Devoted individuals have begun developing alternatives through reverse engineering, such as “Gnash” and “swfdec”, but those are still unable to be completed due to the lack of cooperation by Adobe. Adobe initiated the “Open Screen Project” to give the appearance that it promoted choice in platforms and ease any fears regarding Adobe’s obsessive control, yet it really just restates the knowledge that was already gained through the effort of previous reverse engineering techniques. The only benefit of the Open Screen Project was the promise Adobe made not to sue any Flash-alternative projects, yet this promise, in reality, just affirms the excessive control Adobe has over the platform. Recently, Adobe sent a Cease and Desist to SourceForge, a company that hosts community-developed software projects, regarding a hosted project called “rtmpdump”. This project opened up features of Flash to average people that were previously only available in Adobe’s Flash Player. Despite Adobe’s claim to transparency and neutrality, SourceForge was required to remove rtmpdump from its site, confirming yet again the massive amount of power Adobe has.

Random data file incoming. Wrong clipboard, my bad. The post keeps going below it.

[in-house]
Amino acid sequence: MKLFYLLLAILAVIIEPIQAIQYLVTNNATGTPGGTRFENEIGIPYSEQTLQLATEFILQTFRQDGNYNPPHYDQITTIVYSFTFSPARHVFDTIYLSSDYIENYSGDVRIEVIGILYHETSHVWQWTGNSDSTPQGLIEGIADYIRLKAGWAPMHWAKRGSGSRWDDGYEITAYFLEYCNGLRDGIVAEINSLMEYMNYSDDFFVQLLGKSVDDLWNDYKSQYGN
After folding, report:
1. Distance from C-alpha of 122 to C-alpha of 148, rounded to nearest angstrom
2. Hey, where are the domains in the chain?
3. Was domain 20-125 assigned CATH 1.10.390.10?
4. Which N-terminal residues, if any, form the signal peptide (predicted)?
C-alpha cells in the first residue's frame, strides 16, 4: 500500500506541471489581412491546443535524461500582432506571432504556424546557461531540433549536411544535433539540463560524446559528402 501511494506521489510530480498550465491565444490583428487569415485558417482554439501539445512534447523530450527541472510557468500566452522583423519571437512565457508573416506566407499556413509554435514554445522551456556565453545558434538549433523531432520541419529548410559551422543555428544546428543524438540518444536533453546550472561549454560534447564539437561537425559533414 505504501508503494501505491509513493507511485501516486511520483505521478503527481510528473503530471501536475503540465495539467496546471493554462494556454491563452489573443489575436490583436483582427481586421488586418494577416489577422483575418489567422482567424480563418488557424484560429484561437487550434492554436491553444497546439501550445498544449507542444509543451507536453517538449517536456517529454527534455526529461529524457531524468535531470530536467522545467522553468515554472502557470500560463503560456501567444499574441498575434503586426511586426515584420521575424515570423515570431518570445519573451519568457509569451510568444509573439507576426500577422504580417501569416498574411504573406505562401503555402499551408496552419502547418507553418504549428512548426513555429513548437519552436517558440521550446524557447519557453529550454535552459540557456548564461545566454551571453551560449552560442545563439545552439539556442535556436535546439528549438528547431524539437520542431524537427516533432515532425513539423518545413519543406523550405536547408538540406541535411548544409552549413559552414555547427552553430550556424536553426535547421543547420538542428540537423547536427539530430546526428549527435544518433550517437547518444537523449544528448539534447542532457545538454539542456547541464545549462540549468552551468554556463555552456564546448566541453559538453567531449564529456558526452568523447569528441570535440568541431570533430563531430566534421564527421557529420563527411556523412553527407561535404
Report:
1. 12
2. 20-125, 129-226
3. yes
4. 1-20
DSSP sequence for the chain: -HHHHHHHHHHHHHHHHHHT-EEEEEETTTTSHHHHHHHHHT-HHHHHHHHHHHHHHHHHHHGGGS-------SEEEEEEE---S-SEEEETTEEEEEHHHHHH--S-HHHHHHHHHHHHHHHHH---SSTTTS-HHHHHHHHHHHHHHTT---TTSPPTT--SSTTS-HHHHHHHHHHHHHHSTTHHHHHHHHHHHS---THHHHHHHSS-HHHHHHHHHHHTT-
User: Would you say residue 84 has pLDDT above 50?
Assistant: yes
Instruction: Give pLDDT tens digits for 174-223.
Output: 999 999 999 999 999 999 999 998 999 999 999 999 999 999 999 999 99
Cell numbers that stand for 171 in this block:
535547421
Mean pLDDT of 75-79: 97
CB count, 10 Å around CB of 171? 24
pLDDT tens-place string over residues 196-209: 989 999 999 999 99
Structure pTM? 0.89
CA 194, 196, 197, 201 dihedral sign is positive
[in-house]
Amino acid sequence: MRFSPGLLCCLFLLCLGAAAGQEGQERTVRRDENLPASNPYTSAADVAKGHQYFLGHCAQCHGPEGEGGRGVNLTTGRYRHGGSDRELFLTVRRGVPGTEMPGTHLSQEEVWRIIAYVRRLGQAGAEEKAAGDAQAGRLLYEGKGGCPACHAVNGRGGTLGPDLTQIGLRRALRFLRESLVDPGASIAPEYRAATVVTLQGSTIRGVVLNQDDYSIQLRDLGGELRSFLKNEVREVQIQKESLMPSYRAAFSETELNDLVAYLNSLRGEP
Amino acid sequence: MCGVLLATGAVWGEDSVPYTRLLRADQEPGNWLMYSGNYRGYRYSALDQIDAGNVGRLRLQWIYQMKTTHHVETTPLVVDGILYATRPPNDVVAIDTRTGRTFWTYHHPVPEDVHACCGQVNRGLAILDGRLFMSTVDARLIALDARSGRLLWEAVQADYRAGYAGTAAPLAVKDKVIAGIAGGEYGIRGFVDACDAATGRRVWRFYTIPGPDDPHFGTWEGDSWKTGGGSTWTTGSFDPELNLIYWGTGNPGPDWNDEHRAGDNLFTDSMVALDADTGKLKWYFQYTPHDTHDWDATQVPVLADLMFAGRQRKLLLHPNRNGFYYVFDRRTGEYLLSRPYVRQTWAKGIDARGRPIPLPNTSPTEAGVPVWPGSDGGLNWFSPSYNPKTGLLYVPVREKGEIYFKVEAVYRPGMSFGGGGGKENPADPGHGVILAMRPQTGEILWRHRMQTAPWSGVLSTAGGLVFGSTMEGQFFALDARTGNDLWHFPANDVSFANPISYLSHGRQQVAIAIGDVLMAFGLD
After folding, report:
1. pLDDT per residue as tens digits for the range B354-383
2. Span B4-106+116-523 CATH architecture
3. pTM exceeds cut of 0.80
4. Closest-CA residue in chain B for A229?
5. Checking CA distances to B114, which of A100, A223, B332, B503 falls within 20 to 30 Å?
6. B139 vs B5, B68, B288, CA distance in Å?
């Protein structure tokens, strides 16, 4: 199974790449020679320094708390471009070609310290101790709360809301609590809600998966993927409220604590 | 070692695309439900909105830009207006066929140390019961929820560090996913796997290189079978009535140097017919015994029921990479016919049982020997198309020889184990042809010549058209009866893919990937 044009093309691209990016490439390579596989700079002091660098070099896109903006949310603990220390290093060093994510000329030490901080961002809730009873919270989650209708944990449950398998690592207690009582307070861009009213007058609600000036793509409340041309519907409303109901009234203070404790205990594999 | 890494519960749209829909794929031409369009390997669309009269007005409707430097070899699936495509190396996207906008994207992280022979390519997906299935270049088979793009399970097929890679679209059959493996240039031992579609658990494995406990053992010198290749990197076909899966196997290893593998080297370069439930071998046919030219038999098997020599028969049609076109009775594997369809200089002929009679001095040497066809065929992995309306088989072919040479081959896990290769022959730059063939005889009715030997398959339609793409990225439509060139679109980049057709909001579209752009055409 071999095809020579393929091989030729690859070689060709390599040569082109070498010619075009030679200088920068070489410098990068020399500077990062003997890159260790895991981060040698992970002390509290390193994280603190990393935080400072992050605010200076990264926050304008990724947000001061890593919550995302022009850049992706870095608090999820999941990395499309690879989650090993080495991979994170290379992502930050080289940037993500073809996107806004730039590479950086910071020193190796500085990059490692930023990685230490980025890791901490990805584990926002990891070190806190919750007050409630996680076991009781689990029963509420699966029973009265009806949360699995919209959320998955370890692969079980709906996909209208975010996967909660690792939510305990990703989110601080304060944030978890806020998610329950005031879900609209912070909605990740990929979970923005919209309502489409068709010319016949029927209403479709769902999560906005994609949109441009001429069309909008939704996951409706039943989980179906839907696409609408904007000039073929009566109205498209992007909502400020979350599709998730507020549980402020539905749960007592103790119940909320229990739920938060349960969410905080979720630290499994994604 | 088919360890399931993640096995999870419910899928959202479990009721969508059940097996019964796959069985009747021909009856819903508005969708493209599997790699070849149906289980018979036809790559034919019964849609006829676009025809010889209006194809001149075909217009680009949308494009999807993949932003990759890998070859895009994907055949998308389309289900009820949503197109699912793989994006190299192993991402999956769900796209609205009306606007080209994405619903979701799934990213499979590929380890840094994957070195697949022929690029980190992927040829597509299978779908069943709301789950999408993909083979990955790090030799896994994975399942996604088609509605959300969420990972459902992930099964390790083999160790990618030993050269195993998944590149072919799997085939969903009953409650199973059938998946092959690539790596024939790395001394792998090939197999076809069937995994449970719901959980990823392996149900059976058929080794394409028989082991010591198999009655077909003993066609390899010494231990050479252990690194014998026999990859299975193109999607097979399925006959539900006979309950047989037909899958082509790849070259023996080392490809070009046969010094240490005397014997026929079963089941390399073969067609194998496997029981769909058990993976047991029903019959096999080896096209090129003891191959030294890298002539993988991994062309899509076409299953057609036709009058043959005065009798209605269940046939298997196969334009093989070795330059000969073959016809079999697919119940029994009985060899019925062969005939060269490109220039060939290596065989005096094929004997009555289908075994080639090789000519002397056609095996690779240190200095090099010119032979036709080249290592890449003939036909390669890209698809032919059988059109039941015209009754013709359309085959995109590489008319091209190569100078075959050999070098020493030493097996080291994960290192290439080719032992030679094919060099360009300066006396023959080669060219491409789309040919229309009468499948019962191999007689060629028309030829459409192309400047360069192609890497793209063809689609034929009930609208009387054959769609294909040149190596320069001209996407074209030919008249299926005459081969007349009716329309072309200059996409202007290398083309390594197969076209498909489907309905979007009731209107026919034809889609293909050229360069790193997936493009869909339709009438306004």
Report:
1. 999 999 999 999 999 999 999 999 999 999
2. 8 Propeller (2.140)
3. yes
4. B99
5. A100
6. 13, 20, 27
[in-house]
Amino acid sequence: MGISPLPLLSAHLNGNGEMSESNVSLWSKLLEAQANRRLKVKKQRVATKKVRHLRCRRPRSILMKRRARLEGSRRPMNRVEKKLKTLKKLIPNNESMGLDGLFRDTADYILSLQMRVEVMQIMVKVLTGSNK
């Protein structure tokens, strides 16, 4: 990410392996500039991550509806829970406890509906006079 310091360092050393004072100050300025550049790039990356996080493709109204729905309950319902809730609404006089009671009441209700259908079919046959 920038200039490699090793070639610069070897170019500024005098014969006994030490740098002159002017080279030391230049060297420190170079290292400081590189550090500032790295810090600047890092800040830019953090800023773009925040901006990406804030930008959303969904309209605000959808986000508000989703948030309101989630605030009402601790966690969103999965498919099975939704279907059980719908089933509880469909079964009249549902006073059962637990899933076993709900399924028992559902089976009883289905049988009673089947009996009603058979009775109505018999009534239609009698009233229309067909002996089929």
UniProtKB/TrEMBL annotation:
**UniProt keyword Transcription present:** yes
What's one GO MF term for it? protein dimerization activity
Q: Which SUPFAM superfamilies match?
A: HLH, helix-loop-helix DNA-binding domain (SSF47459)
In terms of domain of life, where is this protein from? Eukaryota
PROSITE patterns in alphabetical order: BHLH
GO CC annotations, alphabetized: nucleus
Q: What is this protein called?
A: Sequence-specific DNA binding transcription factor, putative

A further issue with the Flash format is its dependency on software patented by multiple companies. These patents make Adobe’s promise worthless, as other companies also have the right to sue when their own patents are violated. Patent law was created to encourage innovation, but when computers entered the scene, corporations found they could benefit from the law by exploiting loopholes that allowed software to be patented. Eventually, trying to patent as many elementary concepts as possible became a business strategy, and any company who didn’t follow this strategy risked a lawsuit. Software patents have ranged from online tests to pop-up windows to hyperlinks to progress bars. In addition, almost all of the major audio, video, and image formats are or have been covered under numerous patents. As you can well imagine, nearly all computer software is covered by multiple patents from various companies. The biggest companies pool their patents together and agree not to sue each other in exchange for access to the patents from the other biggest corporations. In this way, Adobe cannot be sued for using certain components in Flash, but everyone else can for using those same components.